Summer-movie screenwriting: 'I'm the only hope you have'
Dozens upon dozens of highly paid Hollywood screenwriters have all been cashing big checks for their marvelous work on this summer's upcoming studio extravaganzas (the joke of course being that some of those dozens of writers all probably worked rewriting the same film).
But what is the sum total of all that writerly craftsmanship and storytelling acumen? Each year at this time, I corral a bunch of teenagers -- known as the Summer Movie Posse -- and have them watch trailers from 10 or 15 of the most anticipated summer movies.
I'm meeting with the kids tomorrow to hear their take on how well the trailers work. Will they make them want to see "Angels & Demons" or "Star Trek" or "The Hangover"? Or will they view them as absolute musts to avoid. As I've been watching the trailers myself, I've noticed that there is a certain kind of brisk, staccato dialogue that always makes it into the summer-movie trailers. (Although some trailers, like the one for Michael Bay's "Transformers: Revenge of the Fallen," are so crammed with explosions and special effects shots that they are virtually dialogue-free.)
But usually someone offers a brief, declarative remark that captures the tone of the film. Sometimes it's a quip or a joke, for the comedies; sometimes it's a menacing threat or a terse, breathless warning, for the supernatural thrillers and horror films. But it's almost always short and to the point -- screenwriting as Hollywood haiku.
Here are some of the juicy snatches of dialogue from this year's summer movie trailers that I have a feeling will be sadly overlooked at Oscar time:
"Angels & Demons": "They've come for their revenge."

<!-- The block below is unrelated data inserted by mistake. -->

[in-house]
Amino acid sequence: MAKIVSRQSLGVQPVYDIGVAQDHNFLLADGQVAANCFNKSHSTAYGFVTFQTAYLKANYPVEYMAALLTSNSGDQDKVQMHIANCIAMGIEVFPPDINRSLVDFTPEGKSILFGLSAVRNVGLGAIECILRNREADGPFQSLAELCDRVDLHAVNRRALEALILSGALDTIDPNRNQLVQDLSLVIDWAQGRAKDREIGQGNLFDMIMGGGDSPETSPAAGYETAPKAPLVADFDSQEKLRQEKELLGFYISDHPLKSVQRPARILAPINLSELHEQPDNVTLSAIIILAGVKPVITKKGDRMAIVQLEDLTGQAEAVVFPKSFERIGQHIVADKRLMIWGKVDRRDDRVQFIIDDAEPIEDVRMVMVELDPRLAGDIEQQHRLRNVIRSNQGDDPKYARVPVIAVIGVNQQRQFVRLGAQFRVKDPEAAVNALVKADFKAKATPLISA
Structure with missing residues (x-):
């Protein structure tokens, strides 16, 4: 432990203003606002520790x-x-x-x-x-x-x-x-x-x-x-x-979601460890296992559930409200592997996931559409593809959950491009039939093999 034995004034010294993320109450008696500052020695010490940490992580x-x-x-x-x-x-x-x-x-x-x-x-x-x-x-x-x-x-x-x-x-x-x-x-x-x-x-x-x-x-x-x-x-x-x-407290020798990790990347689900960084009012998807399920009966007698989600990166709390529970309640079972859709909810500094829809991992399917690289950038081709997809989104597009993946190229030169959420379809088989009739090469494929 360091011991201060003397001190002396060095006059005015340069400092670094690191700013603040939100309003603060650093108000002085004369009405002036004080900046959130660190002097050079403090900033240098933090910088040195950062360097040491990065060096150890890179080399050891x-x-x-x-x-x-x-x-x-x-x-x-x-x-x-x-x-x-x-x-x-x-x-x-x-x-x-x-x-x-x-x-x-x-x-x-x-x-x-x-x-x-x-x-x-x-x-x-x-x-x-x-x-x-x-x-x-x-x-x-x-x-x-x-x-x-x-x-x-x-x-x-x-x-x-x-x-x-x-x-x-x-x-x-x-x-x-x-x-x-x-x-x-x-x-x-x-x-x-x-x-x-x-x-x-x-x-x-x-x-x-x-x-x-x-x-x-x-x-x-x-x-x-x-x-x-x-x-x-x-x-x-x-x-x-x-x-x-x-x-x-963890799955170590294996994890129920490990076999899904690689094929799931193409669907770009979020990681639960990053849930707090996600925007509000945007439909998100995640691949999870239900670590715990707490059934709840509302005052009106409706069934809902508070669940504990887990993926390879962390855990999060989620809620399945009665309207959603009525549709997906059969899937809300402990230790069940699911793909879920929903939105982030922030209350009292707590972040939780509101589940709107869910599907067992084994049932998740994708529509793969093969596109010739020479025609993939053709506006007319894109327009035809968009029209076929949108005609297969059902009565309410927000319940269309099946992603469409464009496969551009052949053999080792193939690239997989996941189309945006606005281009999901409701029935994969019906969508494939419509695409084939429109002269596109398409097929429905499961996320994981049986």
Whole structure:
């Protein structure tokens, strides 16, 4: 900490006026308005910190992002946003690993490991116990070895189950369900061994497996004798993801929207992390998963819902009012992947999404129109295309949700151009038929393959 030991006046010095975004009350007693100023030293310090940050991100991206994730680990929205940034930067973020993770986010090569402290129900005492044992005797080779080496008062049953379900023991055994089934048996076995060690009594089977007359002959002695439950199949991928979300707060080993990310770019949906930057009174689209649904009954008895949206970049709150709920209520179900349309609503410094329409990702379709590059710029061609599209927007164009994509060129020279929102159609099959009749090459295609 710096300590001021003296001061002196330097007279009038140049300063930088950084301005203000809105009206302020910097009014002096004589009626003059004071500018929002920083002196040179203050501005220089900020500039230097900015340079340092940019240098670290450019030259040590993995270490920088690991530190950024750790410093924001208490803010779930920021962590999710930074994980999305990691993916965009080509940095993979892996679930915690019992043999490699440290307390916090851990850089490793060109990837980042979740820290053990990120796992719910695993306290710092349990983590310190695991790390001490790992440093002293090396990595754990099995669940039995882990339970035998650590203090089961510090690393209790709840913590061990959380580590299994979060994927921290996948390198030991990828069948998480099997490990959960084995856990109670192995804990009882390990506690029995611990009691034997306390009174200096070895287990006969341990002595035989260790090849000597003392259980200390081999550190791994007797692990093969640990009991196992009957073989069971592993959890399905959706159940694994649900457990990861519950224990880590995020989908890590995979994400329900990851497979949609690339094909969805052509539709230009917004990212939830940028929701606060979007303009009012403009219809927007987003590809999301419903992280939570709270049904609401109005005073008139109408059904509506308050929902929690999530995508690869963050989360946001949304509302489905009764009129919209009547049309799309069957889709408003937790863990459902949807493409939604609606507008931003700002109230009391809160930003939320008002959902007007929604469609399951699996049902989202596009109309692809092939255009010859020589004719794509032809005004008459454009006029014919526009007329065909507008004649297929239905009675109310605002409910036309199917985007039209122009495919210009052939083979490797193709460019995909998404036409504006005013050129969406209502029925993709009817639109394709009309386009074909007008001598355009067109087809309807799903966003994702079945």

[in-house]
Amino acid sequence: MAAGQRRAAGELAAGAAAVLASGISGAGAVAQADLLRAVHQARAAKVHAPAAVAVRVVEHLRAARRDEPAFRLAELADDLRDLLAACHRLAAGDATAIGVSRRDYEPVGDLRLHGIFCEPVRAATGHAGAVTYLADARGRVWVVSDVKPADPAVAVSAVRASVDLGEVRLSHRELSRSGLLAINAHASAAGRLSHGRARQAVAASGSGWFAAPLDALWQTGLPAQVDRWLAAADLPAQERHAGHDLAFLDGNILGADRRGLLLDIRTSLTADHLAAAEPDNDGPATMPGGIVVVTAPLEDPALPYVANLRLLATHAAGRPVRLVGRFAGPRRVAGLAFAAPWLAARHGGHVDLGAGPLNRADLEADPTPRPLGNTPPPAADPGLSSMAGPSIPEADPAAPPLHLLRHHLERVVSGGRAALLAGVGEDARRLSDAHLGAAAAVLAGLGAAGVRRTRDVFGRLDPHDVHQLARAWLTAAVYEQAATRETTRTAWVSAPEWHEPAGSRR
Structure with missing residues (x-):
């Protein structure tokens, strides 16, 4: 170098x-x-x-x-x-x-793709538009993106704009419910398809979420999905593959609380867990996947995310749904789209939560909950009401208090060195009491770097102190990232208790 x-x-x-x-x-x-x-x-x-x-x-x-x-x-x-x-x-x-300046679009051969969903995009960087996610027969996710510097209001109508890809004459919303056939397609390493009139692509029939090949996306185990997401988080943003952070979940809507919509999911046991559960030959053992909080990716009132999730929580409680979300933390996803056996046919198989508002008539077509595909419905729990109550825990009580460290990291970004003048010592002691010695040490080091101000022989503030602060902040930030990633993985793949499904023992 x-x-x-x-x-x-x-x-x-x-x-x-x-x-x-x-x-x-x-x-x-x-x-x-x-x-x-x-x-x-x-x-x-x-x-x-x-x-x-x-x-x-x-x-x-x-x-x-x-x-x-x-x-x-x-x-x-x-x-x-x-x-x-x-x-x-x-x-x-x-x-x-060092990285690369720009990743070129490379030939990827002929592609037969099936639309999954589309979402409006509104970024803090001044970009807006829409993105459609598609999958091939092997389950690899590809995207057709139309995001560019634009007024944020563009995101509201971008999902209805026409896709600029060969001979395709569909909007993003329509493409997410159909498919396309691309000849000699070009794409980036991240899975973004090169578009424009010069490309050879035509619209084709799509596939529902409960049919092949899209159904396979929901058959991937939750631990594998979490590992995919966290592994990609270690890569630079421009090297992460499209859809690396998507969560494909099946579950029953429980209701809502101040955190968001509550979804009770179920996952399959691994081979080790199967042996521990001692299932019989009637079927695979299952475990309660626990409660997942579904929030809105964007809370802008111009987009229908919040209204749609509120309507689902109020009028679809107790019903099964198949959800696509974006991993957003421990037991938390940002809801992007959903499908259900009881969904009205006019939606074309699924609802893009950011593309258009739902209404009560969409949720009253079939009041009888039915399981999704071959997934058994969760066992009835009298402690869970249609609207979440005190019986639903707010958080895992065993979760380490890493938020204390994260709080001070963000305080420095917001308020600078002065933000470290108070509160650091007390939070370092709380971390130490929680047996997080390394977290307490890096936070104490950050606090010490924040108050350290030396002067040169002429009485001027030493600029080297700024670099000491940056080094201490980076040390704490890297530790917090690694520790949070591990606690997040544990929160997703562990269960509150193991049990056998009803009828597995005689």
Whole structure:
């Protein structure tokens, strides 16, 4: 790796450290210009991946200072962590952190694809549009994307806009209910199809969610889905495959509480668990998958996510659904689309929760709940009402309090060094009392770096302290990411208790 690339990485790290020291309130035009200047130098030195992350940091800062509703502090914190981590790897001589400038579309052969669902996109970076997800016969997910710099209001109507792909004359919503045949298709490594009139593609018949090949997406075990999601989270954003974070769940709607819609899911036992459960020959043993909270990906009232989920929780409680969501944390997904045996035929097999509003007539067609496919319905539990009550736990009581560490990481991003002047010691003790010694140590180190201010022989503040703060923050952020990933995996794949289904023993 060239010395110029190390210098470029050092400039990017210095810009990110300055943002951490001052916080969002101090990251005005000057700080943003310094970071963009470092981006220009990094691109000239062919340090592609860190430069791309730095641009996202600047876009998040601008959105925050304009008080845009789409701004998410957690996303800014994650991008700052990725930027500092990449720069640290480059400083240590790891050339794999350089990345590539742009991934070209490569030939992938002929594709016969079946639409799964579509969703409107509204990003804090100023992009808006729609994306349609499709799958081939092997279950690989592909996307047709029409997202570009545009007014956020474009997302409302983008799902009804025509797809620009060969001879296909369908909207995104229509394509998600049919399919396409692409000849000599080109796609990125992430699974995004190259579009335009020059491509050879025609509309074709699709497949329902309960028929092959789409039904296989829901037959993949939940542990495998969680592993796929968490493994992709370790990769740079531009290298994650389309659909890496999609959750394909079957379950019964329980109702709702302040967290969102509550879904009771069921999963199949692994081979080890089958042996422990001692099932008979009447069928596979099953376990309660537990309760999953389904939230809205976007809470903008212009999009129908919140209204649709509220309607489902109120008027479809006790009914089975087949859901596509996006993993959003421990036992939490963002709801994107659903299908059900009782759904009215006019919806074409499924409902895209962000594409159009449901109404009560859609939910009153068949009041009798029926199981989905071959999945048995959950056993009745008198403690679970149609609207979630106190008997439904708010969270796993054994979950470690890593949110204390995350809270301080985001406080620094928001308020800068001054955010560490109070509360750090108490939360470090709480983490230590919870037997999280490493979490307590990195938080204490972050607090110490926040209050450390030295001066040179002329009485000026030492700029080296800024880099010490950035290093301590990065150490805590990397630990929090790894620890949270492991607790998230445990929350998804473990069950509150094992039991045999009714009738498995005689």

"Star Trek": "Buckle up!"
"Public Enemies": "I'm John Dillinger. I rob banks."
"Harry Potter & the Half Blood Prince": "These girls, they're gonna kill me, Harry."
"Transformers: Revenge of the Fallen": "We're all going together!"
"Land of the Lost" (with a shot of a huge dinosaur): "It's OK, he's not what you'd call an athlete."
"I Love You Beth Cooper": "Don't be so nervous -- he can smell fear."
"Bruno": "I gave him a traditional African name -- O.J."
"Funny People": "There is always the one girl out there that got away. Guys have that ... and serial killers have that."
"The Taking of Pelham 123": "What is the price for New York City hostages this morning?"
"Drag Me to Hell": "Soon it will be you who comes begging to me."
"Night at the Museum: Battle of the Smithsonian": "This is the United States of 'Don't Touch That Thing Right in Front of You.' "
"Terminator: Salvation": "I'm the only hope you have."
"The Year One": "I'd like to see how big you are without that whip.... Ugh, same basic size."
"Inglourious Basterds": "Each and every man under my command owes me 100 Nazi scalps. And I want my scalps."
"The Ugly Truth": "For men, self-improvement ends at toilet training."
Photo of Zachary Quinto in "Star Trek" from ILM/Paramount Pictures